Institute of Archaeology


Norah Moloney (1945-2018)

4 October 2018

UCL Institute of Archaeology staff, students, friends and colleagues will be saddened to hear of the death of Norah Moloney on 26 September.

Norah Moloney (1945-2018)

Norah was an esteemed colleague at the Institute of Archaeology for many years and was still significantly involved in Institute activities after her retirement in 2010. Norah undertook her Masters in Archaeology (1986) and PhD in Prehistoric Archaeology (1994) at UCL, then taking on the role of part-time College Teacher at the Institute for the next 10 years. In 2004 Norah took on this role full-time and, in 2007, she was promoted to Senior Teaching Fellow in recognition of her tireless efforts to support and nurture generations of Archaeology students. At the time of her death, she was an Honorary Senior Lecturer.

As Ignacio de la Torre has indicated:

Norah's many research interests included a passion for stone tools and archaeological fieldwork. She undertook extensive fieldwork throughout her career, including excavation and analysis of Early Stone Age sites in East Africa, Acheulean and Magdalenian sites in Europe, and Middle Palaeolithic sites in Central Asia, the Near East and Egypt.

Norah became even more active once she retired, and never missed an invitation to join an excavation, be it in Belize, Spain, Egypt, Tanzania, Italy, and many more. And such invitations to participate in fieldwork were plenty, because everyone wanted Norah on their projects. There was no better field companion than Norah, who was invariably optimistic, always the first to get ready for work, the last to go to bed after a party, and always busy looking after everyone among the field crew. One of Norah's strongest talents was making everyone feel taken care of; having her on your excavation was the best insurance you could ever get.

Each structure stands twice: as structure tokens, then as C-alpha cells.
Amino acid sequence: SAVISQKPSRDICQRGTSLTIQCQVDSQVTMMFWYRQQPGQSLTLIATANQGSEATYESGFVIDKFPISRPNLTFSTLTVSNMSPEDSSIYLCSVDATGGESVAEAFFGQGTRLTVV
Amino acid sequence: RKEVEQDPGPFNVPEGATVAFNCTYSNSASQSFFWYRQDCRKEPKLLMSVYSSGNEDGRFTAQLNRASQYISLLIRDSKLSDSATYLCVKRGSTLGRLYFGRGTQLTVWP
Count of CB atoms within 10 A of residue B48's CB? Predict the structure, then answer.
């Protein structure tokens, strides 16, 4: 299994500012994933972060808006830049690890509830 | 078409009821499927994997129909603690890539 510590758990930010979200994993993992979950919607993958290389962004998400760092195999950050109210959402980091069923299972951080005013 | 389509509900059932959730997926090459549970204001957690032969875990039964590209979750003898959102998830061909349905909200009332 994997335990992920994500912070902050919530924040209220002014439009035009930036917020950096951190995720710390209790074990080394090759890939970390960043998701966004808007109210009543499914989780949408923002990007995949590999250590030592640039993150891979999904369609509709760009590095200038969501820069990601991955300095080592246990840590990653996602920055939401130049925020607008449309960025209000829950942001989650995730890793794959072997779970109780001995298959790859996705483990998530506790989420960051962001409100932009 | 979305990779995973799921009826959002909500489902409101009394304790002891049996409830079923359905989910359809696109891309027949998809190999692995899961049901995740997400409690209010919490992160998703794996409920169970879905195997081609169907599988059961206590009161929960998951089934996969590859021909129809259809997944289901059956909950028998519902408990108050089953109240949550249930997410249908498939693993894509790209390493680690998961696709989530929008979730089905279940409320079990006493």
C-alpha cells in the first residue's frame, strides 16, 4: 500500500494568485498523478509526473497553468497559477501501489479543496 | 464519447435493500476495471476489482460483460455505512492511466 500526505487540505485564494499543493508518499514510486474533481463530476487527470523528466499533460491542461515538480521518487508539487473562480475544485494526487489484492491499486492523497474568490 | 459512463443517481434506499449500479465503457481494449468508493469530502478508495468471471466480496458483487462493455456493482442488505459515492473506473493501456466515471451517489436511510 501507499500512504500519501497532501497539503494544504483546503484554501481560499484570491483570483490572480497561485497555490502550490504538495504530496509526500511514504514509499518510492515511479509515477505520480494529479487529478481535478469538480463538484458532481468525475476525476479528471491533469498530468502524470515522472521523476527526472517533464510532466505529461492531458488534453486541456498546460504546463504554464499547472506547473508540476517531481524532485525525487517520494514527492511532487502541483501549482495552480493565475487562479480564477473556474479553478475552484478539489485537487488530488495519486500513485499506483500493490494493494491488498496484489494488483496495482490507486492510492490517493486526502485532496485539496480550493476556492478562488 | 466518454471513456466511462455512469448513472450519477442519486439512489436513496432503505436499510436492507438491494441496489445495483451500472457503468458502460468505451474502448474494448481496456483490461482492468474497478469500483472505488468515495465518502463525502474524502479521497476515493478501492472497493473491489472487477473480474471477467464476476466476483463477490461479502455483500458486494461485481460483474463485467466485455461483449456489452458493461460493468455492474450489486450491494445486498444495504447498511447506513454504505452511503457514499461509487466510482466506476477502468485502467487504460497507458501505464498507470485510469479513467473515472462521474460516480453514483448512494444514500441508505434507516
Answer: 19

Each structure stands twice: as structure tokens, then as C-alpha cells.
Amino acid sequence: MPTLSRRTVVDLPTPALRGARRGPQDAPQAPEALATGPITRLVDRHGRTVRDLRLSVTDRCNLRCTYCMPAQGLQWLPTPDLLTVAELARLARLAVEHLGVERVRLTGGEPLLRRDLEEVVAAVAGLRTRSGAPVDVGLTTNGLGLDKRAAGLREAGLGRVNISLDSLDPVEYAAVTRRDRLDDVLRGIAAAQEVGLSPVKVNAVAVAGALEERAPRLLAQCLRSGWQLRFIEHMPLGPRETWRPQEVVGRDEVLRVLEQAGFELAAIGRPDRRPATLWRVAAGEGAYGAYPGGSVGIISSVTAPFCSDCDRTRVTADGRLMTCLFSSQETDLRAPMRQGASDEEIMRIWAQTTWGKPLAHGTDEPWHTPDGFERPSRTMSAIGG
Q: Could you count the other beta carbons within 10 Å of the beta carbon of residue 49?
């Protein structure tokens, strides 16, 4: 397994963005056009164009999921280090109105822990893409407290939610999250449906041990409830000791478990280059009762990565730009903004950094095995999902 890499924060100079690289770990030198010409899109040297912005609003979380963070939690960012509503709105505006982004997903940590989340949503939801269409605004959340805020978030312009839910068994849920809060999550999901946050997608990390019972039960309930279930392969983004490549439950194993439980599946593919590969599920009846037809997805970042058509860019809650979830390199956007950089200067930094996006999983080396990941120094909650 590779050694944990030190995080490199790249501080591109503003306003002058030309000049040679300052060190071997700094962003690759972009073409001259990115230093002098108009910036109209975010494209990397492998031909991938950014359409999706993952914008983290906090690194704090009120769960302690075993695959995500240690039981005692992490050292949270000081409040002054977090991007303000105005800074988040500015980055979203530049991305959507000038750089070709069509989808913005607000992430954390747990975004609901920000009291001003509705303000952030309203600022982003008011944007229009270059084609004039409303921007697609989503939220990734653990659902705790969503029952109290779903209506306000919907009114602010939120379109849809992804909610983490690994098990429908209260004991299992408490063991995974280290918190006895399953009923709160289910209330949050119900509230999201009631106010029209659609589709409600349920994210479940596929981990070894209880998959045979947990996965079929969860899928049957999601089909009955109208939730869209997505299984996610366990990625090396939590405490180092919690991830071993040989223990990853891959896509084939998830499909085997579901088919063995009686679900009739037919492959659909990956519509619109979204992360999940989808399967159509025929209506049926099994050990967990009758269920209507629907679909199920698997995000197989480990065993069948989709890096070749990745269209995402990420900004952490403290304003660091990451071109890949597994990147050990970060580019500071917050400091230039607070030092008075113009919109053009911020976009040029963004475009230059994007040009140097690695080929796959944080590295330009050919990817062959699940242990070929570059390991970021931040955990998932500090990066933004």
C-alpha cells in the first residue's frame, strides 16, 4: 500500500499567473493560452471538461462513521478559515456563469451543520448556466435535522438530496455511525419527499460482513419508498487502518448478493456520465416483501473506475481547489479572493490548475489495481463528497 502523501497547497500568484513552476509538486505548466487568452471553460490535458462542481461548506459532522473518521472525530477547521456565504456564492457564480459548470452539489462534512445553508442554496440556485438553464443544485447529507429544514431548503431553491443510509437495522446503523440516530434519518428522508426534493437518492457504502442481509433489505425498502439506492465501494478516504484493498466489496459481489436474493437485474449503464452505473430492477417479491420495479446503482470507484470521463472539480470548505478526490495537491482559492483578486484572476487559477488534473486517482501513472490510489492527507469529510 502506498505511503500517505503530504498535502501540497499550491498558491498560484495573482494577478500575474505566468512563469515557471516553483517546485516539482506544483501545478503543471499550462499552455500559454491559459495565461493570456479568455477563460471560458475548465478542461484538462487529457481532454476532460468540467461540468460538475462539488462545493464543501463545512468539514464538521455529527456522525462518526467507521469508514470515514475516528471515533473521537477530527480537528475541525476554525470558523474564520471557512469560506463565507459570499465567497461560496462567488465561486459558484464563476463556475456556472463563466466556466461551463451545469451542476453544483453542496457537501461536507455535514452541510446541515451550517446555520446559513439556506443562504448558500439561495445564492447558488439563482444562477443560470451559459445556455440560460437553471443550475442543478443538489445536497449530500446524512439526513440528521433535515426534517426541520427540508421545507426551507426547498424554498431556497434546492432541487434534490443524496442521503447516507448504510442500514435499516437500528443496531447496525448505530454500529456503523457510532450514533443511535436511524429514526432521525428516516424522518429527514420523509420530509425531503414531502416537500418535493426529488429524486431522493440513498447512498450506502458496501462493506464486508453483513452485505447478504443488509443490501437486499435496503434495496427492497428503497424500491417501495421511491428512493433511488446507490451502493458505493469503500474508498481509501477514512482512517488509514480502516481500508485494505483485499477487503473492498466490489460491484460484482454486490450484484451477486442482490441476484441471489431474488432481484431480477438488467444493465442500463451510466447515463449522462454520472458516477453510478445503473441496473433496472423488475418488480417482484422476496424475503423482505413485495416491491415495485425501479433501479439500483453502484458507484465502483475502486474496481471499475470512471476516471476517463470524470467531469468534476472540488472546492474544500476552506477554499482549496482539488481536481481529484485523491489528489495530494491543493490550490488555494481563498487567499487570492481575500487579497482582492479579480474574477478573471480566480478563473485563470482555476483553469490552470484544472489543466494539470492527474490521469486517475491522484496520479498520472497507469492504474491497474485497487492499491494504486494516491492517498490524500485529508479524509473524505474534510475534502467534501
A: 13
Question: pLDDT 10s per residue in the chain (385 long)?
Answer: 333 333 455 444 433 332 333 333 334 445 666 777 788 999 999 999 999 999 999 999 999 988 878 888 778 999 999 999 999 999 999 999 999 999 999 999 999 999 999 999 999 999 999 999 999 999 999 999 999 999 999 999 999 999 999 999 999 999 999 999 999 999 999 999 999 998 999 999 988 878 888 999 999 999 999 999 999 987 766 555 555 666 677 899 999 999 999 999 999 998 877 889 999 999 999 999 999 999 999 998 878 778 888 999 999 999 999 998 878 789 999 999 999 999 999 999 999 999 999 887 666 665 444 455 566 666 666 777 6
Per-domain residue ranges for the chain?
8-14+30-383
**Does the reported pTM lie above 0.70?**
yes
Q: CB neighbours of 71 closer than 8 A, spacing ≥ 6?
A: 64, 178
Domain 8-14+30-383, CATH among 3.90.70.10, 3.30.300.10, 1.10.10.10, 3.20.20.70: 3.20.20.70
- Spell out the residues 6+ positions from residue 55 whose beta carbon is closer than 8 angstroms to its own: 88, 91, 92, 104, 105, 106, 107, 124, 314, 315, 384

Norah's mark at the Institute is indelible - her office door was permanently open for students and colleagues alike. More than twenty cohorts of first-year students were lucky enough to have Norah to guide, motivate and inspire them. It didn't make any difference when she retired, she continued spending countless hours helping graduate students with their research in the most altruistic and generous manner.

Norah was also truly a beloved colleague for so many of us at the Institute, who treasured her optimism, sense of humour, generosity and collegiality. Those of us who were fortunate enough to be mentored by Norah, and able to enjoy her friendship, will never forget her as one of the kindest people you could ever meet.

Our thoughts are with Norah's friends and family at this difficult time.

Funeral arrangements

Norah's funeral will be on Tuesday 13 November at 2.30pm at Breakspear Crematorium, Breakspear Road, Ruislip, Middlesex, HA4 7SJ. There will be a reception following the funeral at Uxbridge Sports Club, Gatting Way, off Park Road, Uxbridge, Middlesex, UB8 1NR. Norah's family has indicated that all are welcome.


A memorial event will be held at the UCL Institute of Archaeology on Wednesday 28 November from 6pm in Room 612.